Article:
In its fifth Digital Platforms Services Inquiry (DPSI) report, the ACCC proposes potentially sweeping legislative reforms intended to tackle potential anticompetitive conduct and consumer law contraventions by digital platforms.
Its key recommendations are the introduction of:
- a general prohibition on unfair trading practices, for which the ACCC has been advocating for some time;
- targeted measures to protect consumers who use digital platforms, including mandatory processes to prevent and remove scams, harmful apps and fake reviews, mandatory internal dispute resolution processes, and an ombudsman; and
- ‘service-specific’ mandatory codes of conduct for ‘designated’ digital platforms with targeted obligations to prevent a range of anticompetitive conduct including self-preferencing, tying and exclusivity arrangements, and impediments to interoperability.
The proposals are set out at a reasonably high level with several options presented in the report. There are few real surprises, as the proposals are closely modeled on, and extensively refer to, the approaches adopted in the EU, Germany, Japan and the UK (in particular). Key questions remain as to the scope of any new ‘service-specific’ codes, the digital platforms to which they will apply (and in what circumstances), the precise drafting of any new legal provisions, and how those provisions will be enforced. While the concept of more tightly regulating big tech has broad bipartisan support, whether that support will hold for all of the ACCC’s proposals, and the timetable for implementation, is at this time unclear.
The story so far
The ACCC’s report is the fifth in a series of reports in its DPSI and considers whether new competition and consumer laws are required to address competition and consumer law harms relating to digital platform conduct.
In several of its previous DPSI reports, the ACCC acknowledged that digital platforms provide valuable services to Australian consumers, but pointed to a number of characteristics of digital platforms that can lead to poor market outcomes, including:
- strong network effects;
- significant economies of scale and sunk costs;
- advantages of scope and expansive ecosystems;
- barriers to switching; and
- data disparities.
The ACCC has continued to express its concern that these characteristics can contribute to high barriers to entry and expansion, and a high degree of concentration in digital platform markets.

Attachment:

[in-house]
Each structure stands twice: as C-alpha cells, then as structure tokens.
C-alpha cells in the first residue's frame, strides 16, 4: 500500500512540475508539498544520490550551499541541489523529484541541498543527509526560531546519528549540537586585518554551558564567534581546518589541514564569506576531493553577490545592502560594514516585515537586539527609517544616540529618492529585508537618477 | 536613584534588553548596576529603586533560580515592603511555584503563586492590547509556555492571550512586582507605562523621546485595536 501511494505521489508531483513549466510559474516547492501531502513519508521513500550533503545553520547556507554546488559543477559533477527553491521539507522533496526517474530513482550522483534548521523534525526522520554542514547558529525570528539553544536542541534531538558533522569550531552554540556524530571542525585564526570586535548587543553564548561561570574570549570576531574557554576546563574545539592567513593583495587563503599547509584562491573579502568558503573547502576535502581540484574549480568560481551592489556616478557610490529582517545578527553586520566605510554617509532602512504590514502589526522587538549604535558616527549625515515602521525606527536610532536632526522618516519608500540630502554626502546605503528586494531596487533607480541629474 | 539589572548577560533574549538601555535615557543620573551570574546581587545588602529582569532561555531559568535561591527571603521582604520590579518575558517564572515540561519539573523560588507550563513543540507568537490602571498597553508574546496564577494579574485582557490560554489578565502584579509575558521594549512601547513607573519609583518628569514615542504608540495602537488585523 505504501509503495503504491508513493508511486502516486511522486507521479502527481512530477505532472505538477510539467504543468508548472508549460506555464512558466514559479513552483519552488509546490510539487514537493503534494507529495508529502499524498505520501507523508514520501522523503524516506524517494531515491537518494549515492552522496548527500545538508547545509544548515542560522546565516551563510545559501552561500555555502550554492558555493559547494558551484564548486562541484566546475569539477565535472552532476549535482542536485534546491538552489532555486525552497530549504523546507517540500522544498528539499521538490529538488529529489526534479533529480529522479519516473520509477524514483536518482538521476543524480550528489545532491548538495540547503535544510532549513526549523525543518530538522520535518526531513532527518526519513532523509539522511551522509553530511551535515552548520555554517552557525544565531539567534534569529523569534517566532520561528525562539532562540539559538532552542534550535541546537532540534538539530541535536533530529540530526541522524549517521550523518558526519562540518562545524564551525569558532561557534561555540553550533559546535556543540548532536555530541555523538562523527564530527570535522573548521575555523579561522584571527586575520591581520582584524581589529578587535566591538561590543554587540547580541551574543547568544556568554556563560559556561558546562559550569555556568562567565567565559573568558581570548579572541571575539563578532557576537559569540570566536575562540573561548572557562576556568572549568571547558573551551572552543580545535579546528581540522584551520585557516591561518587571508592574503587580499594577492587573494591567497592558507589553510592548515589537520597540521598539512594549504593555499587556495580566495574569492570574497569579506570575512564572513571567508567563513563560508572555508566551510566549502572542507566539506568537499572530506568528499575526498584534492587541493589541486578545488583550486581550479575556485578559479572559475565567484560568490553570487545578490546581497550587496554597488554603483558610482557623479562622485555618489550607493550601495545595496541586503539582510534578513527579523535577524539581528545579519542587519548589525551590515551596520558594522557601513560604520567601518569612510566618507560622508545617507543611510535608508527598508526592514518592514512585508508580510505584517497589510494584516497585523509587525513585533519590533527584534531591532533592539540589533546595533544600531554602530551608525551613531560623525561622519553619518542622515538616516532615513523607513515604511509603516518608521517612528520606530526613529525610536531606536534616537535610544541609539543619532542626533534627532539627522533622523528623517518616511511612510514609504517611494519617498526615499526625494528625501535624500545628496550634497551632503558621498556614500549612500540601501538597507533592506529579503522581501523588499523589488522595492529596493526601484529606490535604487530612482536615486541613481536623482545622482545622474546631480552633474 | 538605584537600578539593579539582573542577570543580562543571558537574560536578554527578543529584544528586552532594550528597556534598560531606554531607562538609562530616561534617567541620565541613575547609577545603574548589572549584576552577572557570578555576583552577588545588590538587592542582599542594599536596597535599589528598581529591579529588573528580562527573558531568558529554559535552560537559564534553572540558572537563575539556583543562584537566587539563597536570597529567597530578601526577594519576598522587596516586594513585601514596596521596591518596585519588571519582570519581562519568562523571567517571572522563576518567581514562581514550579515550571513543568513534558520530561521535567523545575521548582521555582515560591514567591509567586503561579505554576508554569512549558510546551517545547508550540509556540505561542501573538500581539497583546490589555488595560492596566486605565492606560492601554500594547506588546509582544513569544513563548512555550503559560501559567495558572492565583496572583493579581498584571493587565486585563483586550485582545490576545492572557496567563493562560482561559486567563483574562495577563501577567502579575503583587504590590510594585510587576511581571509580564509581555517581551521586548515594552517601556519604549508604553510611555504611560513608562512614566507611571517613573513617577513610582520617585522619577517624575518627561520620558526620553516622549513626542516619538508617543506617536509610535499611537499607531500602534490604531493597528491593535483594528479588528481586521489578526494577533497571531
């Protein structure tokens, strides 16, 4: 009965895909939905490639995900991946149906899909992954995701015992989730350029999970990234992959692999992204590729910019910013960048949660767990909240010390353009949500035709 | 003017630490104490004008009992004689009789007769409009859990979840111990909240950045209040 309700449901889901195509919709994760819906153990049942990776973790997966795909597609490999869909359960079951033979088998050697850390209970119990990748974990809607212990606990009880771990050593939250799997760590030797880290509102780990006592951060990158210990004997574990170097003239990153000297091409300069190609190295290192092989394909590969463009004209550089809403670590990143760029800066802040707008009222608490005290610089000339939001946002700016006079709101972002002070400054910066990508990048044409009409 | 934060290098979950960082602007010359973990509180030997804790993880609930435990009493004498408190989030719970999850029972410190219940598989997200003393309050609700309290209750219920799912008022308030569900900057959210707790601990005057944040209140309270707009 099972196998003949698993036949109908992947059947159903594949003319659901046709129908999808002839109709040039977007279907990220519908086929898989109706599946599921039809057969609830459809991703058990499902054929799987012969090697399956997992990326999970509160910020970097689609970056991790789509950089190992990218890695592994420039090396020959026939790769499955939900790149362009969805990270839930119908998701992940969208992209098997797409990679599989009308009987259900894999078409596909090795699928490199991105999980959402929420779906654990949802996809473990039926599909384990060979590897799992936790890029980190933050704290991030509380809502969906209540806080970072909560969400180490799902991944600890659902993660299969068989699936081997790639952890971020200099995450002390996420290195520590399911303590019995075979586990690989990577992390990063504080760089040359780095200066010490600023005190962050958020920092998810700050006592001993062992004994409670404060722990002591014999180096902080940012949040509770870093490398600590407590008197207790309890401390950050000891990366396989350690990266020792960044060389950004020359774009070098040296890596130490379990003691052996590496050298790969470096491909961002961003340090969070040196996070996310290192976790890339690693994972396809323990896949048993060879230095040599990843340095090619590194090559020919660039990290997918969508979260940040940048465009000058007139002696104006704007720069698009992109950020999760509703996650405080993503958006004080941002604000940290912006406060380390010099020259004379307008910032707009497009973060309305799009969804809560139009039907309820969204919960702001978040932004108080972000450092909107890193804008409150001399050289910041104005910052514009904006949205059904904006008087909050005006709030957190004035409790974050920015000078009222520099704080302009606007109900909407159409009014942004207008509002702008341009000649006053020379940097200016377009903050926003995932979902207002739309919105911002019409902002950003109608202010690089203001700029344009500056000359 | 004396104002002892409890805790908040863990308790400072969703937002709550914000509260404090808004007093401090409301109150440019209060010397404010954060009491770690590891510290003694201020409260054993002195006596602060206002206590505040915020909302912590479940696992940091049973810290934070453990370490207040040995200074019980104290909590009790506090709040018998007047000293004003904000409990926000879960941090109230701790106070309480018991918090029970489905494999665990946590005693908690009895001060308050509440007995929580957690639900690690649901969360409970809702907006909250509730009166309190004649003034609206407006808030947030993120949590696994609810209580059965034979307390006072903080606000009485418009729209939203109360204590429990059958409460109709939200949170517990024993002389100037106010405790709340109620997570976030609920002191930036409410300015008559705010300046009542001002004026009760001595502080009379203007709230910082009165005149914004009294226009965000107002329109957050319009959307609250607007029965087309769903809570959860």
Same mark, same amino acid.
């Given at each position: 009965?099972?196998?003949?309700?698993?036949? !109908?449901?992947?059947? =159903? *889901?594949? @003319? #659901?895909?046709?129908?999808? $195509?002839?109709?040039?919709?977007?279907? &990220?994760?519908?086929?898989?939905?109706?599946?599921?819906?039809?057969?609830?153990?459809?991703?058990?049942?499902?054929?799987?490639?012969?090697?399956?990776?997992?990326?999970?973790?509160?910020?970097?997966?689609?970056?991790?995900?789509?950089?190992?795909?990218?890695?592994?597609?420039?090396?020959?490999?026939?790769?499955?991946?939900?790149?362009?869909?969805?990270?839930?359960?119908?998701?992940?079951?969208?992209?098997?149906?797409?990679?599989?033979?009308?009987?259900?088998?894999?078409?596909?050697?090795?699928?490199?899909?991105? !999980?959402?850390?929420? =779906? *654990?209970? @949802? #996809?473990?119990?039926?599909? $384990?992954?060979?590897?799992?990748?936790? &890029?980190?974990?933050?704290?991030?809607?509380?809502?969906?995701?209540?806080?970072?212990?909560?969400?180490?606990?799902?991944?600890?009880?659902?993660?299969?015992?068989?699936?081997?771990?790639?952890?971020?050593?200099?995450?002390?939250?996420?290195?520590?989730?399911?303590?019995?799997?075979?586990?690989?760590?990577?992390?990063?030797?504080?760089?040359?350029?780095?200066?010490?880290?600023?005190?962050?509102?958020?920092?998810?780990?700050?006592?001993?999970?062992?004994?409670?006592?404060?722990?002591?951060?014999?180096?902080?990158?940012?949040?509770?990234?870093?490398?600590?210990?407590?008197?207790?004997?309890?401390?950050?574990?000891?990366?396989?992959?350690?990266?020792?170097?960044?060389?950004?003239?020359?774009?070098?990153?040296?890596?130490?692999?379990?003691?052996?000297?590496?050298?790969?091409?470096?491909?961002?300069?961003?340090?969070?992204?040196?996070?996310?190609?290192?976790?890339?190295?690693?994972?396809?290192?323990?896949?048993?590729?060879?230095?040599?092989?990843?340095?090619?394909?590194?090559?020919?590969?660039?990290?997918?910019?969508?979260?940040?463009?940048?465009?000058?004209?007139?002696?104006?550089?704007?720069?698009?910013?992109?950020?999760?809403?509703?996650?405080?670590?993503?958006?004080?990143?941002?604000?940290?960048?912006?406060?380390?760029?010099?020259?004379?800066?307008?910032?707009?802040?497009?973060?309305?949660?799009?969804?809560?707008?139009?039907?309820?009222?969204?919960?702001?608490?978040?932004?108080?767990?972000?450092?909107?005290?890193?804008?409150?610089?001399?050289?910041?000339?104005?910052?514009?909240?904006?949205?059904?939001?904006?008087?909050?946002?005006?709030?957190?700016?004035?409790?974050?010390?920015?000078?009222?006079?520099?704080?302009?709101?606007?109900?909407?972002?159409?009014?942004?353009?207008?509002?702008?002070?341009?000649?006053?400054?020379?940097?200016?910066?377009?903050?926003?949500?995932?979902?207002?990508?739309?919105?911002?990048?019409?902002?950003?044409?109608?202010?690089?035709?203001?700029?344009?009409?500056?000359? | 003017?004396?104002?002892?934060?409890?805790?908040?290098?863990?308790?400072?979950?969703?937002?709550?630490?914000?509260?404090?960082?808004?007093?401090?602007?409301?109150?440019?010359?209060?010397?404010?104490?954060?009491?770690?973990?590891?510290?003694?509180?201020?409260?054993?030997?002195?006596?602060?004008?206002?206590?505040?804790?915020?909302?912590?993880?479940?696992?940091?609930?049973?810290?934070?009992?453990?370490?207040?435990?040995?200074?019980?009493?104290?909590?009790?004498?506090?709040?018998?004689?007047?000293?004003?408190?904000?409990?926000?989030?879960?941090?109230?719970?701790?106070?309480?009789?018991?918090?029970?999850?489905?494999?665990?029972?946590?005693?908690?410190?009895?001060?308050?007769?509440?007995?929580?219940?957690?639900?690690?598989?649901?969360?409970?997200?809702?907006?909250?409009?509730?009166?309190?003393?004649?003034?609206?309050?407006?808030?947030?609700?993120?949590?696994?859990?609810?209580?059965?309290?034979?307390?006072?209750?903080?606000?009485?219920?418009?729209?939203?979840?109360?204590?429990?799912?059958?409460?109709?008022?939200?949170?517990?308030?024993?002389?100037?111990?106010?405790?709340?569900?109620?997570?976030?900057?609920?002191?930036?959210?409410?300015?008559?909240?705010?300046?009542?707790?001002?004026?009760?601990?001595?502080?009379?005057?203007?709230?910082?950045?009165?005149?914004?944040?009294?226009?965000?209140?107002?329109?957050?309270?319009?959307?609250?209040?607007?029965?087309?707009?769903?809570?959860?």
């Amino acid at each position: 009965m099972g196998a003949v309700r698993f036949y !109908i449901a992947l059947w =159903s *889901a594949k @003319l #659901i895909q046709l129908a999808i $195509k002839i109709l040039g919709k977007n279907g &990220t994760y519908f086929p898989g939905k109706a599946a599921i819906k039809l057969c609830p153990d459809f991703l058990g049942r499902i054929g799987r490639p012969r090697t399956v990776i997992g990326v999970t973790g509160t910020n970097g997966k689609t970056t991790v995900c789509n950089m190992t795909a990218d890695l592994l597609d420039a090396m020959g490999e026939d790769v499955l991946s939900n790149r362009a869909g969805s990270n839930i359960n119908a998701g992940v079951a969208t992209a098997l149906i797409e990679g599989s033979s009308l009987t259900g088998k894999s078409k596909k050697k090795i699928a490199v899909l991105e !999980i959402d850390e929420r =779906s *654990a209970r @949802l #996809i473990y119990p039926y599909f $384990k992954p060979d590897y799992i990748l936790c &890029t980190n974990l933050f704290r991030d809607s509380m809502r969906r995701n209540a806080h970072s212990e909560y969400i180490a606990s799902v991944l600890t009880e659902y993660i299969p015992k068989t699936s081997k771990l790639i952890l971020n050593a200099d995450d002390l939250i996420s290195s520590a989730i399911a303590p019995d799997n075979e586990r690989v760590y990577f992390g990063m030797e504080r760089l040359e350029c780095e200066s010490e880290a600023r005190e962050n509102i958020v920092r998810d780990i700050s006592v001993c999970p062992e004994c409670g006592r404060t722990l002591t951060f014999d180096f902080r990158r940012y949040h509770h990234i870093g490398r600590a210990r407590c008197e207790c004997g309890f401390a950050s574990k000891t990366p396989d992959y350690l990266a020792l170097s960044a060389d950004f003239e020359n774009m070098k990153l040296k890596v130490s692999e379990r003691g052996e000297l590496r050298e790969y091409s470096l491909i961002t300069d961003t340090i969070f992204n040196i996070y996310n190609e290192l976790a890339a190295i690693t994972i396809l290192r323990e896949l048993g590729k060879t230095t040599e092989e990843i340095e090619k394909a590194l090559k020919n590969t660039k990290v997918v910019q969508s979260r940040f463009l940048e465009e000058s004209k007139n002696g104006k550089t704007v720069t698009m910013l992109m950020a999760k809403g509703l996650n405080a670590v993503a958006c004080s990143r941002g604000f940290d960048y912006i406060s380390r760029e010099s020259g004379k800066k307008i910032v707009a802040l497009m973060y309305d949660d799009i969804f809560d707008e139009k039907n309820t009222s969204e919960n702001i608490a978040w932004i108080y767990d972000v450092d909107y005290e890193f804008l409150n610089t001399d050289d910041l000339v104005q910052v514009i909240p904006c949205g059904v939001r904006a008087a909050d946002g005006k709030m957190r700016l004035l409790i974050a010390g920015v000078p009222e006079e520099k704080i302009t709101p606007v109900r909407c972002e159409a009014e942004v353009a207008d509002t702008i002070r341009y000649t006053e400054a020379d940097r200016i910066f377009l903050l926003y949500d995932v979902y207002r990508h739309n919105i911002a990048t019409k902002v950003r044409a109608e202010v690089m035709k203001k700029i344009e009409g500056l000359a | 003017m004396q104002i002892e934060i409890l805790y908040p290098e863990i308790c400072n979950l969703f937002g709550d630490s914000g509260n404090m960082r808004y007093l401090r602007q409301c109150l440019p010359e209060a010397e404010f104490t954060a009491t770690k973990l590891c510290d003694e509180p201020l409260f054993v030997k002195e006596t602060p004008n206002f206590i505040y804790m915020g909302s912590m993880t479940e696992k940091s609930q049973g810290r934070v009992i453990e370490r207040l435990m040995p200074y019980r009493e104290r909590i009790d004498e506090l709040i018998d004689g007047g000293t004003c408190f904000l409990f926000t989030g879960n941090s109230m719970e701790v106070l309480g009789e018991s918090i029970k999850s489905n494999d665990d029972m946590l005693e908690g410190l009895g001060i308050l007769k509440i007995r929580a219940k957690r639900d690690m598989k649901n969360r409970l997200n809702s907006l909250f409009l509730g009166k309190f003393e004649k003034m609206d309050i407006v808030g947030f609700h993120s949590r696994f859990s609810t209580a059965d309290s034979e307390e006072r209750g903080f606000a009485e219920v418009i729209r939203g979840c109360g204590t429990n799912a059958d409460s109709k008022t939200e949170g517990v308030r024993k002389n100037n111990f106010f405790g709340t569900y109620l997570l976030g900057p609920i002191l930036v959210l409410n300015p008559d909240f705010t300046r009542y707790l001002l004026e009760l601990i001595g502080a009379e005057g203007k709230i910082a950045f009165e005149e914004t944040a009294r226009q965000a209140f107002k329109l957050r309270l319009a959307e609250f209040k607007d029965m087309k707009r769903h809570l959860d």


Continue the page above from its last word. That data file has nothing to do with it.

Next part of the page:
The ACCC has identified the following types of conduct that can harm consumers of digital platform services:
- unfair trading practices, including onerous contract terms that can be unilaterally varied by digital platforms without notice or recourse, and ‘dark patterns’ (i.e. the design of user interfaces intended to manipulate users) that are designed to reduce a consumer’s freedom of choice by confusing them or influencing them to take certain actions;
- scams on digital platforms;
- the availability of harmful, inappropriate and fraudulent apps on app stores; and
- the practice of creating, buying and selling fake reviews and otherwise engaging in review manipulation on digital platforms.
A lack of minimum standards, redress and avenues for dispute resolution for consumers and small businesses, in the ACCC’s view, compound these problems.
The ACCC is also concerned with the potential for anti-competitive conduct as a result of the high levels of concentration in the supply of app stores, and search, ad tech and social media services. The ACCC believes that concentration in the supply of digital platform services lends itself to digital platforms with market power having a ‘particularly strong’ ability and incentive to engage in conduct to entrench and extend their substantial market power.
The ACCC is concerned about the following specific types of anticompetitive conduct:
- exclusivity arrangements;
- conduct that impedes switching;
- impediments to interoperability; and
- withholding access to important hardware, software, and data inputs.
The ACCC is also concerned about lack of transparency (specifically in relation to ad tech and the app review processes of app stores) and the ability of digital platforms with market power to degrade the quality of the services they offer to business users that compete with the platforms in other areas.
Where to from here?
The ACCC concludes that Australia’s current competition and consumer laws do not sufficiently address the specific concerns that arise in respect of digital platform markets.
It considers that addressing conduct through individual matters (i.e. ex post enforcement) is too slow, harm may occur too quickly for individual cases to address, and that a remedy applied in response to a single instance of harmful conduct may not address the underlying source of harm (such as structural issues). It therefore considers that there is a need for new up-front (i.e. ex ante) measures.